I never pictured myself as a roofer, drywall installer, or house gutter; however, when my church youth group took a missions trip to New Orleans I found myself filling those roles. At first I felt uneasy because I didn’t think the people of New Orleans needed my personal help; however, a snowy spring in Iowa didn’t beat the idea of a Spring Break in the sun.
I went to New Orleans with the mindset that the fault laid on the citizens and that damage was minimal. What I saw was opposite of expected: entire neighborhoods flattened, houses on top of cars, and numerous streets filled with white FEMA trailers. At first I felt overwhelmed, but soon found my nominal skills could be of great importance.
Meeting someone for a week and then never seeing them again can change a person’s life. I met Leonard.A married man in his 60’s, our group was assigned to fix his house and, needless to say, Leonard was at first very unappreciative. I suspect Leonard acted this way because the oldest person in our group was 25 and we didn’t look very experienced; nevertheless, when I found out I would be working at Leonard’s on the last day I was disappointed. Roofing had never been my forte and doing it for someone who’s unappreciative doesn’t make the experience any better. After working half the day in the hot Louisiana sun, I was completely at a loss for words when Leonard came up the ladder and set a portable radio on the roof. Listening to some classic Fats Domino definitely lightened my mood. This was an unexpected, greatly celebrated random act of kindness that instantly changed our relationship with Leonard. As we left his house with jars of homemade blueberry jam, and a plethora of old Mardis Gras beads I had a new understanding of how quickly people can change.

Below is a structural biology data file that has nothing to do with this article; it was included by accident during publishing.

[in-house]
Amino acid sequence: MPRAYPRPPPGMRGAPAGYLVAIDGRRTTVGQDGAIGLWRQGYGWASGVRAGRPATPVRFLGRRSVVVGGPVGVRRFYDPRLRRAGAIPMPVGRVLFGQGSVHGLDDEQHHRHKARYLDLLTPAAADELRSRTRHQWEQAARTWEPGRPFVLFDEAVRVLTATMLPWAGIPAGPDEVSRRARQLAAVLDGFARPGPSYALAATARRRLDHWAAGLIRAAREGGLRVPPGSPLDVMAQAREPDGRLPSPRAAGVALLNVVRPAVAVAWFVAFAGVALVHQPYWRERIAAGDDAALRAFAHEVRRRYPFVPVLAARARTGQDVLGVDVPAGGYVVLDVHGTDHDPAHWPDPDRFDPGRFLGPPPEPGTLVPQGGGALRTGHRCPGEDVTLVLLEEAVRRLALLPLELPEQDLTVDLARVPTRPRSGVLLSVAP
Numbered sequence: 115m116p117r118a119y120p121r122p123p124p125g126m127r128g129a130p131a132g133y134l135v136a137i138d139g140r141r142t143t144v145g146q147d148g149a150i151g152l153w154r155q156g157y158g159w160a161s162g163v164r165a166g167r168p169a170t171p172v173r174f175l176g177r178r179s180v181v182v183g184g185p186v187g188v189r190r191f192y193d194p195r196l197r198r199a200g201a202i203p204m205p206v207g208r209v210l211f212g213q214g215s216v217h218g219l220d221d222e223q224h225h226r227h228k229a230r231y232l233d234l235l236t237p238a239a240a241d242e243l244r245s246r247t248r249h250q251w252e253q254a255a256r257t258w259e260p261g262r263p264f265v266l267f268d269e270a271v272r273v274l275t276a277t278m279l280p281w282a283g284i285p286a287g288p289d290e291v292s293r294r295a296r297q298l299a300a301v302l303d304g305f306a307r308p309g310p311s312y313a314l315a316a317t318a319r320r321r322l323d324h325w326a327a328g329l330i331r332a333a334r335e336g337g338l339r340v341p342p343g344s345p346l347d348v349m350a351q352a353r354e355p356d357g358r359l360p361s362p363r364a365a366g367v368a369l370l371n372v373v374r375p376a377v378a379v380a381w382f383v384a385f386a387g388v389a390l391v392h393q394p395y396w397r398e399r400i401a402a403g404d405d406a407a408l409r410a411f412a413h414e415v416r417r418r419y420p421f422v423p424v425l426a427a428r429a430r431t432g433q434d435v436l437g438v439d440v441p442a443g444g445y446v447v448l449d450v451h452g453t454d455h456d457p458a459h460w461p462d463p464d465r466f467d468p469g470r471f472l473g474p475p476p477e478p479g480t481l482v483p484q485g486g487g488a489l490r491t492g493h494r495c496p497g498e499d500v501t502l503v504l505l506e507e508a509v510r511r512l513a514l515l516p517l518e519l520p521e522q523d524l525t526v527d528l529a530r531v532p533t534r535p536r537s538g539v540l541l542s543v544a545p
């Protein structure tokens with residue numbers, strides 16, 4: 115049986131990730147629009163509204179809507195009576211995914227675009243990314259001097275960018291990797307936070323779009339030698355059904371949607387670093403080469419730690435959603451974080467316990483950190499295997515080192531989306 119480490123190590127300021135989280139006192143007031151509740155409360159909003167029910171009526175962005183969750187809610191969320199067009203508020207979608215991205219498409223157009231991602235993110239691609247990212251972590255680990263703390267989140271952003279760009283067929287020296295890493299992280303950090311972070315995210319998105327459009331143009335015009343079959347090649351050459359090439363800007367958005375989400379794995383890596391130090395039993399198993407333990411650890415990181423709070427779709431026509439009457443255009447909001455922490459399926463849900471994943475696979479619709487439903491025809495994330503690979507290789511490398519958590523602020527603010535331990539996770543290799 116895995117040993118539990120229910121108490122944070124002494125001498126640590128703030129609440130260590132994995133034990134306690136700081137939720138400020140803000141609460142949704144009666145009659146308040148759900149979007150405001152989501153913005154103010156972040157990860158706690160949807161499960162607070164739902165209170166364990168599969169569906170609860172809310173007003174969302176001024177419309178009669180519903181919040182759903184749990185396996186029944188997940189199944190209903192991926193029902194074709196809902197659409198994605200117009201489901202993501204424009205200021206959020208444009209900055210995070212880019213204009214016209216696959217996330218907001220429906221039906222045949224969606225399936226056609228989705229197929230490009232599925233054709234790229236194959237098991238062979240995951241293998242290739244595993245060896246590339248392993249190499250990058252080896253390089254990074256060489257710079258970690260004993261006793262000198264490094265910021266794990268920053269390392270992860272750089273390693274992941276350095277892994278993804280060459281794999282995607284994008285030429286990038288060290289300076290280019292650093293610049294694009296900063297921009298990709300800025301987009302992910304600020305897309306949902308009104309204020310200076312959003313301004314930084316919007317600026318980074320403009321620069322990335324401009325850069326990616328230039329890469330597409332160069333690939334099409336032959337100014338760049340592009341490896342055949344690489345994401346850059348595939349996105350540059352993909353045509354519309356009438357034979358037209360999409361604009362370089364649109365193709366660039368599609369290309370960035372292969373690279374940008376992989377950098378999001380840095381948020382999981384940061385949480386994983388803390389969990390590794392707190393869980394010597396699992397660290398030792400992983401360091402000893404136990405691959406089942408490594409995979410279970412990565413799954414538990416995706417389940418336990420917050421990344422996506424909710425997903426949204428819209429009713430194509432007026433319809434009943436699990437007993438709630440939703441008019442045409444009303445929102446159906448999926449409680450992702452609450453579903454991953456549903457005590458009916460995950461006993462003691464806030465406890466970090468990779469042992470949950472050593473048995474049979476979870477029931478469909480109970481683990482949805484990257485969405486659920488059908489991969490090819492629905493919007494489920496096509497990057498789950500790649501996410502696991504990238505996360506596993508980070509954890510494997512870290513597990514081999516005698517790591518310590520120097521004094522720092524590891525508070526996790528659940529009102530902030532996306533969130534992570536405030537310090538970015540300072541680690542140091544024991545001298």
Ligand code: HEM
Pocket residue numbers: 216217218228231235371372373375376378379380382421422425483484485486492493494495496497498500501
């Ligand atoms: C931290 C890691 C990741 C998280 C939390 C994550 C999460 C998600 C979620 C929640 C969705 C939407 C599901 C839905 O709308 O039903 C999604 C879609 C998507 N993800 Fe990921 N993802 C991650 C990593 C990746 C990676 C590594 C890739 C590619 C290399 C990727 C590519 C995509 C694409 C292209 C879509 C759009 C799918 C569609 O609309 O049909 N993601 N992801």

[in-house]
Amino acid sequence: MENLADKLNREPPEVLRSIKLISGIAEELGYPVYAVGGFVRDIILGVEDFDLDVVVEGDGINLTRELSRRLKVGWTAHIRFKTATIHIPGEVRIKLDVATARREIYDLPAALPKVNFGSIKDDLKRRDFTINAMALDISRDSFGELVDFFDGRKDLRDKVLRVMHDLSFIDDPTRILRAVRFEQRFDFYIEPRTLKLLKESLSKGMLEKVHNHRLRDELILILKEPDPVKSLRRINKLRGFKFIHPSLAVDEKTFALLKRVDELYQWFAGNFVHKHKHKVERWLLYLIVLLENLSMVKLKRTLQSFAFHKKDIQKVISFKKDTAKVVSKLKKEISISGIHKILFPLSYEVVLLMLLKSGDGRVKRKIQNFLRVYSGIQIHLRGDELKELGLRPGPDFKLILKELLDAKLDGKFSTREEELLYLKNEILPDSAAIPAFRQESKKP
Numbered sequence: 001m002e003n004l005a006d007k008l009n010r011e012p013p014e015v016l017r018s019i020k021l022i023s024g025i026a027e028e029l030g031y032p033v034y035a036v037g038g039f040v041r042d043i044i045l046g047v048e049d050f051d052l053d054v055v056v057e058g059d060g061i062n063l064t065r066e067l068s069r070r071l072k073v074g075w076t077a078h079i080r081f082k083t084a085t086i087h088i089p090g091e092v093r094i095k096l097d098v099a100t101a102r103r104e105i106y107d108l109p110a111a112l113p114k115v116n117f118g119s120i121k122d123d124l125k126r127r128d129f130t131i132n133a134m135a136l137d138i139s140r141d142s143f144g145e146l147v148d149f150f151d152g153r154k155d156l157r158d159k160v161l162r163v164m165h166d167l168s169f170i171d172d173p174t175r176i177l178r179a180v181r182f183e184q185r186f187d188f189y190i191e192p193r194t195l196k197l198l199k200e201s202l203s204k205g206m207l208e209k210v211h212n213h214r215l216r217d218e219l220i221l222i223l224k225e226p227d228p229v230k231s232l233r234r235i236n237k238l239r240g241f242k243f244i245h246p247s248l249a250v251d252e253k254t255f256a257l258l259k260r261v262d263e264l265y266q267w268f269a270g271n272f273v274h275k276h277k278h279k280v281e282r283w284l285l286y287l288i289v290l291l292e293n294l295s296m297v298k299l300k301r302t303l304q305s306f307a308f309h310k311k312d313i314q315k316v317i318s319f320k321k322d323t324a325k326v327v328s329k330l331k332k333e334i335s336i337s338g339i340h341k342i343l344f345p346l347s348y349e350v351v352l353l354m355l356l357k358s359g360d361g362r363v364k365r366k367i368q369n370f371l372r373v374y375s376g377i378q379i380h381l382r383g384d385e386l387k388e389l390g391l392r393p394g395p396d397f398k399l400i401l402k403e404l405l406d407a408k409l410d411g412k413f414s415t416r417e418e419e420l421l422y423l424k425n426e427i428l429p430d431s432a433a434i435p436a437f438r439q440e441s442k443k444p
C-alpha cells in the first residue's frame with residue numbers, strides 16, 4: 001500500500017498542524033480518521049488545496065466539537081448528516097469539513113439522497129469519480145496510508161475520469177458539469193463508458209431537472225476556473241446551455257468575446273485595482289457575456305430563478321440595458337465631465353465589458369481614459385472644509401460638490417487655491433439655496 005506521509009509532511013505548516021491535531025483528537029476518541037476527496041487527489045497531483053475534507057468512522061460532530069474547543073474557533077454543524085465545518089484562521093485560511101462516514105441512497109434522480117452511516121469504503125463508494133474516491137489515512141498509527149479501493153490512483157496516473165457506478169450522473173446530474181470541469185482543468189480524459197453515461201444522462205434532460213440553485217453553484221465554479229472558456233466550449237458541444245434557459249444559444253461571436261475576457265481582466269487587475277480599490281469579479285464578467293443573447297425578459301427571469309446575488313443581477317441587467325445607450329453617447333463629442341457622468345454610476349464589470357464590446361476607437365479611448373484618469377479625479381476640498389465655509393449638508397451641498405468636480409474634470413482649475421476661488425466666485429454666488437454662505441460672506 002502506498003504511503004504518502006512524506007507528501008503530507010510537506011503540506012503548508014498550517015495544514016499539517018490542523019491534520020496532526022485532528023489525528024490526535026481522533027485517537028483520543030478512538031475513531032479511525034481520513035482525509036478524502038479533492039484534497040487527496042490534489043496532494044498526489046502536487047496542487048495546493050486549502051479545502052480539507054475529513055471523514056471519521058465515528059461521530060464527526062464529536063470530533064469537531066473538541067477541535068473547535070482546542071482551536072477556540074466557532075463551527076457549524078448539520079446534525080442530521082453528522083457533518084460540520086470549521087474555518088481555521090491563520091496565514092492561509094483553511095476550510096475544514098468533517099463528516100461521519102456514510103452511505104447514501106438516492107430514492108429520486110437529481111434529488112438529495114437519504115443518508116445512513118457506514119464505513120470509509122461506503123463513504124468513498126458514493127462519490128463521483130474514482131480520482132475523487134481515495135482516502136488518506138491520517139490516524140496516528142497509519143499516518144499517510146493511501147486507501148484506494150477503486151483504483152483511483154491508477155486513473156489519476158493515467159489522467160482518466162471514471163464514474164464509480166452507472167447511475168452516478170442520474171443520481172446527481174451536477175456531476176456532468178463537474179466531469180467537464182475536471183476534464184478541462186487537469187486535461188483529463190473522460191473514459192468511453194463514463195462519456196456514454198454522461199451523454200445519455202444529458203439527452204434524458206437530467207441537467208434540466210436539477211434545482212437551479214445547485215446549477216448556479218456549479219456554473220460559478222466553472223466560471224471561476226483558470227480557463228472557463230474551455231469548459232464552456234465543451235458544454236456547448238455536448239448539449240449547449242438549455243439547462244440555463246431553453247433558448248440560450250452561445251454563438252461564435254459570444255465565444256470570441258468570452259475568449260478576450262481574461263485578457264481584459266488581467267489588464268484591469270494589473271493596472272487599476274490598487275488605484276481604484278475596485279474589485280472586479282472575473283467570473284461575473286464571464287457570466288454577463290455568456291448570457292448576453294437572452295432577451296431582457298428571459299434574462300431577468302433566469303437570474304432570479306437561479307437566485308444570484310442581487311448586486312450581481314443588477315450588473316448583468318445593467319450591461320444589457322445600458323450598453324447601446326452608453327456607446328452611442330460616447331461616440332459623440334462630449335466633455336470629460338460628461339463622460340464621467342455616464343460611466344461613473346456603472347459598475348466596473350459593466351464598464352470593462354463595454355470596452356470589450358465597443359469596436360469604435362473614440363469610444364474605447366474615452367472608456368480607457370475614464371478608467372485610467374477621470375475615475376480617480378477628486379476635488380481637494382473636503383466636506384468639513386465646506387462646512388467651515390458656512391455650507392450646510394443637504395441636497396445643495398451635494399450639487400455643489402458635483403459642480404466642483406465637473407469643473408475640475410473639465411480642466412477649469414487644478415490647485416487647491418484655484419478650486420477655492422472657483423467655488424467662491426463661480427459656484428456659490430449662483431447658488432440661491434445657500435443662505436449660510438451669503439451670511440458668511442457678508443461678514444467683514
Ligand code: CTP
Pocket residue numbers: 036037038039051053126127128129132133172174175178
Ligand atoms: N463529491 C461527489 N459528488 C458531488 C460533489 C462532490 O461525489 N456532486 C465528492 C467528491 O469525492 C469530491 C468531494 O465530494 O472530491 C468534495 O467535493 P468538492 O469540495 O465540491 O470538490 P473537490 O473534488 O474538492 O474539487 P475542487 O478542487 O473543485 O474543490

I now understand the people of New Orleans were simply the victims of a natural disaster out of their control. Leonard was proof that people can change just as quickly as the city of New Orleans changed after the hurricane. Watching your city be destroyed must be like watching your friends change, sometimes it takes a long time to rebuild and the process is never fast and painless. After watching how much a city can change in one day and a man in a week, I now believe change may be scary at the time but it’s always for the better. Leonard showed me it’s impossible to hold a grudge against someone forever, and the city of New Orleans taught me no matter how painful it is to watch something one love’s change; the new relationships and experiences brought forth from it are definitely worth the pain.
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